At the same time as we must make human efforts to be financially responsible, which includes saving for the future, we simultaneously understand that there is no guarantee that our efforts will be rewarded. Things happen. Economies crash, wars break out, markets implode, criminals (both in the government or in gangs) gain the upper hand as society crumbles. Even inflation, itself a moral failing of the government can utterly obliterate a healthy savings portfolio. We cannot rely only upon our savings as a foolproof plan. Even with a lavish savings account, it is best to pray to God for sustenance and societal stability, and recognize Him as our benefactor. In the final analysis, God is the sole entity upon which we can rely. Nonetheless, if we don’t make our own efforts, including savings, we have no credible leg on which to stand when asking Him to bless our efforts.

Wishing you a healthy savings account,

Rabbi Daniel and Susan Lapin

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13 thoughts on “Savings Accounts vs. Manna from Heaven”

  1. My my where do I start. If you go to your friend for a loan, he or she too has been saving and hoarding. If you go to the bank for a loan, you need to have credentials and the banks hoard money. So somewhere there is hoarding going on. So it is best for the individual to do their own hoarding/savings.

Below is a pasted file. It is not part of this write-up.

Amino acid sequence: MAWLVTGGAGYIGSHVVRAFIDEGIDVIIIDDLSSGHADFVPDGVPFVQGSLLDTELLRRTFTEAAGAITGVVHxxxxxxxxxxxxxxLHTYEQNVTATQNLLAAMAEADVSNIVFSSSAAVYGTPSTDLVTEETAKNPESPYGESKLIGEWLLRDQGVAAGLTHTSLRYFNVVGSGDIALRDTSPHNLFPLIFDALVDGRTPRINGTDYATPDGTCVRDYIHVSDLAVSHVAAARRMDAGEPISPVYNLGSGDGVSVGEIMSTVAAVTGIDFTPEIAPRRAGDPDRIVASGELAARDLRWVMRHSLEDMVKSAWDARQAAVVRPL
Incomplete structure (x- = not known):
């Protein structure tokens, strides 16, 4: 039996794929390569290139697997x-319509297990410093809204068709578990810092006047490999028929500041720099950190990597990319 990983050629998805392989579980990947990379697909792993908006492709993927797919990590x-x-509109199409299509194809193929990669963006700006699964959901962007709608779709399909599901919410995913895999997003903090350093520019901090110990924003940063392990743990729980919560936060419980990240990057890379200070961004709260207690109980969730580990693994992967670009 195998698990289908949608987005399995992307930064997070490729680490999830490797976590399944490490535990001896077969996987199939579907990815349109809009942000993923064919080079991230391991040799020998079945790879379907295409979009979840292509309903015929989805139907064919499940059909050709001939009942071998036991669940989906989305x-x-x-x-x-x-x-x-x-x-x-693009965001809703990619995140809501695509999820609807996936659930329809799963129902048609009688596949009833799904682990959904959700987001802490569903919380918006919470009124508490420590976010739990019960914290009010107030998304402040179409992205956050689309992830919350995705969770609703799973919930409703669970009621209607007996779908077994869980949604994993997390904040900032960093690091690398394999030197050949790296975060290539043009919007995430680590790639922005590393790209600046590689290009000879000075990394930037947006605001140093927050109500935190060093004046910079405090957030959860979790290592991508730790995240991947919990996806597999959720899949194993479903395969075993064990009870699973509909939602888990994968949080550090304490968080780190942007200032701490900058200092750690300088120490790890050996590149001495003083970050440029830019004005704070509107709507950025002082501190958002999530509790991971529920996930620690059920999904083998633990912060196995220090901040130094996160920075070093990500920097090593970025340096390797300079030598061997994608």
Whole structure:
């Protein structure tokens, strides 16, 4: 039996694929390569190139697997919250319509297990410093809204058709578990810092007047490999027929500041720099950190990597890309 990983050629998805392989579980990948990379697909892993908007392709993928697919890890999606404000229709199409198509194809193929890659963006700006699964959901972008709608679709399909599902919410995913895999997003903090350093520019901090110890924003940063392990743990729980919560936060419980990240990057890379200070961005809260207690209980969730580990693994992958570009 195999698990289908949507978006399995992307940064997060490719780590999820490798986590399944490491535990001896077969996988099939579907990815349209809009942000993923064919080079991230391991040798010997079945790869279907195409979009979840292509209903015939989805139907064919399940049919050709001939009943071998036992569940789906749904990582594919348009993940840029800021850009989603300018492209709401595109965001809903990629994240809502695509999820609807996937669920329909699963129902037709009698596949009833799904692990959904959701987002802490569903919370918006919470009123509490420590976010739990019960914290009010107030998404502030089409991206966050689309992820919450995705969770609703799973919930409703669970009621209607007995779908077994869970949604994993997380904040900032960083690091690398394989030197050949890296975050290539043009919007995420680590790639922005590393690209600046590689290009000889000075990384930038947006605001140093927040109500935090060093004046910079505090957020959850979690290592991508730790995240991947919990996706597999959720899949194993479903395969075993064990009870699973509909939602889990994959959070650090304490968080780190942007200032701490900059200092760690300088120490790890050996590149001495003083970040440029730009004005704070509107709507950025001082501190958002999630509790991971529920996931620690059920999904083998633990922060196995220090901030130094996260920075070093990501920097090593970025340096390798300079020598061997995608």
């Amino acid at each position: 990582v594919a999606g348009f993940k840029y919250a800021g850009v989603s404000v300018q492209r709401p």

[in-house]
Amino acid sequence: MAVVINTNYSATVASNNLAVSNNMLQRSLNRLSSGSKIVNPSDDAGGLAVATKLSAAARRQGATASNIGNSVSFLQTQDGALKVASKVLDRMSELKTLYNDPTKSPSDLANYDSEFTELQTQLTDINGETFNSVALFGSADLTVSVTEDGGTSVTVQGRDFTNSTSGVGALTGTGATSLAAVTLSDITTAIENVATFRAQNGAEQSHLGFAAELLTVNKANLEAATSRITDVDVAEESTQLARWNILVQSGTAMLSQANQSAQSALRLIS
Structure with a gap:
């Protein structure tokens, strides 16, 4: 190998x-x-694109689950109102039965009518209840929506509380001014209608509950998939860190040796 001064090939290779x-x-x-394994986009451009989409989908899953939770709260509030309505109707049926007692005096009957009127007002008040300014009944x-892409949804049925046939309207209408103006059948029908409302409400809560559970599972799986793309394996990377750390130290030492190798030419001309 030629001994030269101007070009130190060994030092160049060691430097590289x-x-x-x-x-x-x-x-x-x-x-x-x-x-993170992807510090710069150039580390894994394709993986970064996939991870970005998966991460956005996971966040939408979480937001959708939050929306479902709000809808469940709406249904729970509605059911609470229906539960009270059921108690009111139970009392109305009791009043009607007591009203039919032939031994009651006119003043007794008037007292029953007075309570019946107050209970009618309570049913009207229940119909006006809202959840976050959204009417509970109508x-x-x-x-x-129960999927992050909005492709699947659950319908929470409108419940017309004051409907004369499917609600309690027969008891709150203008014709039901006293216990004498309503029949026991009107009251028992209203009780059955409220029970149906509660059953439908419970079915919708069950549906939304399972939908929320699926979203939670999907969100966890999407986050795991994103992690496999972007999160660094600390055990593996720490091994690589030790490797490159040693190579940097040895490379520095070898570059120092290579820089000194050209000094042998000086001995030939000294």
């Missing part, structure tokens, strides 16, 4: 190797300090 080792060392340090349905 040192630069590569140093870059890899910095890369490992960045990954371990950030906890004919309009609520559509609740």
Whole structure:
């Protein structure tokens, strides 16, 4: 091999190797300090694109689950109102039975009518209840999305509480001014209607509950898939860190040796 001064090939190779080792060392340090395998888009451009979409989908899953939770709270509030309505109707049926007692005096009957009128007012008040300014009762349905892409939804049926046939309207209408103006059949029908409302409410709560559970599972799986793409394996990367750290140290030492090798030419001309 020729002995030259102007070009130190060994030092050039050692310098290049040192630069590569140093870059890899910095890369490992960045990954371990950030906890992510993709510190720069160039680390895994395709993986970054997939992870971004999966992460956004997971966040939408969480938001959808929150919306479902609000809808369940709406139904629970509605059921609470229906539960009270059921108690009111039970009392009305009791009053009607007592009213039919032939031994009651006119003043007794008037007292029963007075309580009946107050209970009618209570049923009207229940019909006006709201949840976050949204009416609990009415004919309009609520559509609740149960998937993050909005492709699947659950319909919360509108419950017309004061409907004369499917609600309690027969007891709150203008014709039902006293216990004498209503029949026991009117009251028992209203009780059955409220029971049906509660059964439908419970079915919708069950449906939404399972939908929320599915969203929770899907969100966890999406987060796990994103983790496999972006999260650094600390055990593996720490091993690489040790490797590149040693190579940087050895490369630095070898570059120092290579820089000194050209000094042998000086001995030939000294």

1. Hoarding is a loaded word, Hope. I think of it either as negative or else as something connected to an emergency, while I think of savings as positive. However, you are correct that having some savings allows us to help others.

  2. Awesome lesson Rabbi……thank you so much……will have to share with my brothers and sisters in the faith.

  3. I understand also, based on Deut. 8:3, that it provided the spiritual application that in addition to the manna, they were also to live by the Word of God’s mouth. Since the manna had to be gathered daily, we need to read God’s Word daily in order to be spiritually sound.

  4. Like Mr. Bill G., I have wondered if perhaps I was putting too much trust in my savings account instead of the Lord. Your answer explained it clearly thanks to Ancient Jewish Wisdom.
    Your comment on Mr. G.’s last point really needed to be said. There was a common scene on family TV shows, where a child confides to an adult; and the grown-up says something like, “Your heart will know the answer when the time comes.” No it won’t if the parent doesn’t teach the child morals and ethics and about life!
    Thank you Rabbi and Mrs. Lapin for sharing the invaluable Ancient Jewish Wisdom.

  5. Thank you for sharing God’s wisdom. Being a widow living in a homeless shelter is not the best life for anyone. At the age of 71 receiving this wonderful teaching is perfect for any age. So, to those wondering about your(saving) bond stocks, financial decisions and preparing for the future, please do so and especially with the help of Rabbi Daniel Lapin and his lovely wife Susan Lapin. So that you will not experience the state I am in at the moment (but, not for long)again which is age 71, Homeless, broke, widow, with no children.
    It’s never to late
    M. L. A. J. L.